Special Agent Mortimer Friendly of the FBI had just finished a cold dinner of tuna fish out of the can, withered salad left over from yesterday, and a roll, also from yesterday, a meal that was made somewhat palatable by a cold beer. His wife had gone with the kids for a three-day stay with her sister in the country. He slouched on the couch with a sigh and was about to click the remote when the doorbell rang.
“Holy mackerel,” he mumbled as he rose and headed toward the door, “who the hell can that be?”
He opened the door to find two middle-aged women, one Black and one white, standing there, smiling. Jehovah’s Witnesses, he thought.
“Are you Mortimer Friendly?” asked the white woman.
“Yes, I am,” he said.
The Black woman continued. “We’d like to ask you a few questions, if you don’t mind. We’re from the local branch of Peace at No Cost. And we understand that you have been assigned to investigate us, person-by-person. Is that so?” The two women were still smiling.
Mort Friendly stood there for a moment, unable to comprehend what was going on.
“Excuse me?” he asked, stalling to gather his thoughts.
“We heard that a member of our community — namely you — has been knocking on the doors of some of our members with a colleague of yours,” said the white woman, “inquiring as to our background, ostensibly as part of an investigation relating to an impending visit by the president to our peaceful community. Are we correct?”
“Well,” said Friendly, clearing his throat, “I … wait a minute, how did you find me?”
The two women looked at each other with expressions of pride.
“Mr. Friendly,” the white woman responded, “your organization is not the only one that can do a little digging. We’ve known your identity for some time and, to tell you the truth, we’ve kept our eyes open.” The women both chuckled. Friendly’s face reddened.
“I’ve got nothing to say to you two busybodies,” he said. “Now get out of here and leave me alone!”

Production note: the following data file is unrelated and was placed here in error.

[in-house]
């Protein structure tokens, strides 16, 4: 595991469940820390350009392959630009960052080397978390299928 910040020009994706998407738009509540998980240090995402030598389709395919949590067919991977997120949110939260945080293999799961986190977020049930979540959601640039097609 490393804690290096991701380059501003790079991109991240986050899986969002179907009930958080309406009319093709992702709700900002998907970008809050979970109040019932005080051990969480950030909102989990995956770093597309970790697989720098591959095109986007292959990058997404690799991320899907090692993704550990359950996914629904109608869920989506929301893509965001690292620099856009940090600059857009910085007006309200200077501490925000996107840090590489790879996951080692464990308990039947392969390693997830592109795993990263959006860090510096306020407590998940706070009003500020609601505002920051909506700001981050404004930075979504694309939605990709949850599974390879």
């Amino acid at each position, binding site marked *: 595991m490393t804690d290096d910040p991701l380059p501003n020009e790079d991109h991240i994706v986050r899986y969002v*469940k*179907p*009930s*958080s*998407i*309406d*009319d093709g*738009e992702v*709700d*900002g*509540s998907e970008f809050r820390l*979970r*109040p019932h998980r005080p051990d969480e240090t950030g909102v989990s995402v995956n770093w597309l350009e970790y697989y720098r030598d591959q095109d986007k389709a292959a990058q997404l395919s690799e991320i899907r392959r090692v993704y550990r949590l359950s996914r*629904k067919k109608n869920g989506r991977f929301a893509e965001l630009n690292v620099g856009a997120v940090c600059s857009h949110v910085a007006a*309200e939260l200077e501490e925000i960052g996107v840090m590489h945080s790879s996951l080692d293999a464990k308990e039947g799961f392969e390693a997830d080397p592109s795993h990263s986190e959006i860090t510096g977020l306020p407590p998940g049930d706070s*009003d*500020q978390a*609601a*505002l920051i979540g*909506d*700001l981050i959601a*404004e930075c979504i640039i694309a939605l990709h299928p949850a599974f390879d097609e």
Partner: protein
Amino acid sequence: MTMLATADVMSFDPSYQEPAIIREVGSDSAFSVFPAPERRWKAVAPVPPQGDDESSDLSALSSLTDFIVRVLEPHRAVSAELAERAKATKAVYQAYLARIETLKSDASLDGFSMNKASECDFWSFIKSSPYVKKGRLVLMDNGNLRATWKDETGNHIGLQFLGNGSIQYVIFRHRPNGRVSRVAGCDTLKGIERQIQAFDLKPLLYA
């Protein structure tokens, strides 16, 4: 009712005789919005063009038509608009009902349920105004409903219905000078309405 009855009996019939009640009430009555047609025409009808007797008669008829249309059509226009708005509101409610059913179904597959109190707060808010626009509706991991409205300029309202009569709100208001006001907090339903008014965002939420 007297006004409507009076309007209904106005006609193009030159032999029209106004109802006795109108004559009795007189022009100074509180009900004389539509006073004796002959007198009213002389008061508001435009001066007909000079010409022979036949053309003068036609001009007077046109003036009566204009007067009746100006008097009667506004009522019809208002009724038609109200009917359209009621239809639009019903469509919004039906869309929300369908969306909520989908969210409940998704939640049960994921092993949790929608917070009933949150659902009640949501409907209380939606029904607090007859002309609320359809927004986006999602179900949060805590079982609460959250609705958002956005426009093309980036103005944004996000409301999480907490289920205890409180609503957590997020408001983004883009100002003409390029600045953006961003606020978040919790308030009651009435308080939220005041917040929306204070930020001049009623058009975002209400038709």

The Black woman, with a look of surprise, turned to her companion. “Why that’s just what Mrs. Eldridge said she told him and his colleague, word for word.” They both chuckled again. “What a coincidence.”
The white woman touched Friendly’s arm. “There, there,” she said, “no need to get so upset.” She reached into her bag and pulled out a packet of literature. “We just wanted to save you the trouble of those bothersome visits by giving you this information about our organization. We wouldn’t want any of our members to get the notion that those visits are nothing more than intimidation by the FBI. So please read all about us,” she said as she put the literature into his hand. “And, if you like, we’ll be more than happy to come back and answer any questions you might have about us — not personally, you understand, but as an organization dedicated to achieving peace and well-being for everyone on this wonderful planet of ours.”
The Black woman asked, “Would you like us to come back, tomorrow, say?”
“Well, Mr. Friendly,” she said, “we do apologize for this interruption of your dinner or whatever it was you were doing. Now please go back inside and have a nice relaxed evening. Bye bye.”
The two women, still smiling, flapped their hands in a goodbye sign, turned and walked away. Mort Friendly slammed the door and stormed back to the couch, throwing the packet of literature into a waste basket. He had already read it all in preparation for his visits.
“Damn women,” he mumbled as though talking to them, “you can’t intimidate me.”
His eyes widened. “You can’t…” Then he remembered. “That’s what that Mrs. Eldridge said to me as she slammed the door in my face.”
Needless to say, the rest of Mortimer Friendly’s evening was far from relaxed.
Seymour Joseph is an activist in Brooklyn, N.Y. He can be reached at firstname.lastname@example.org.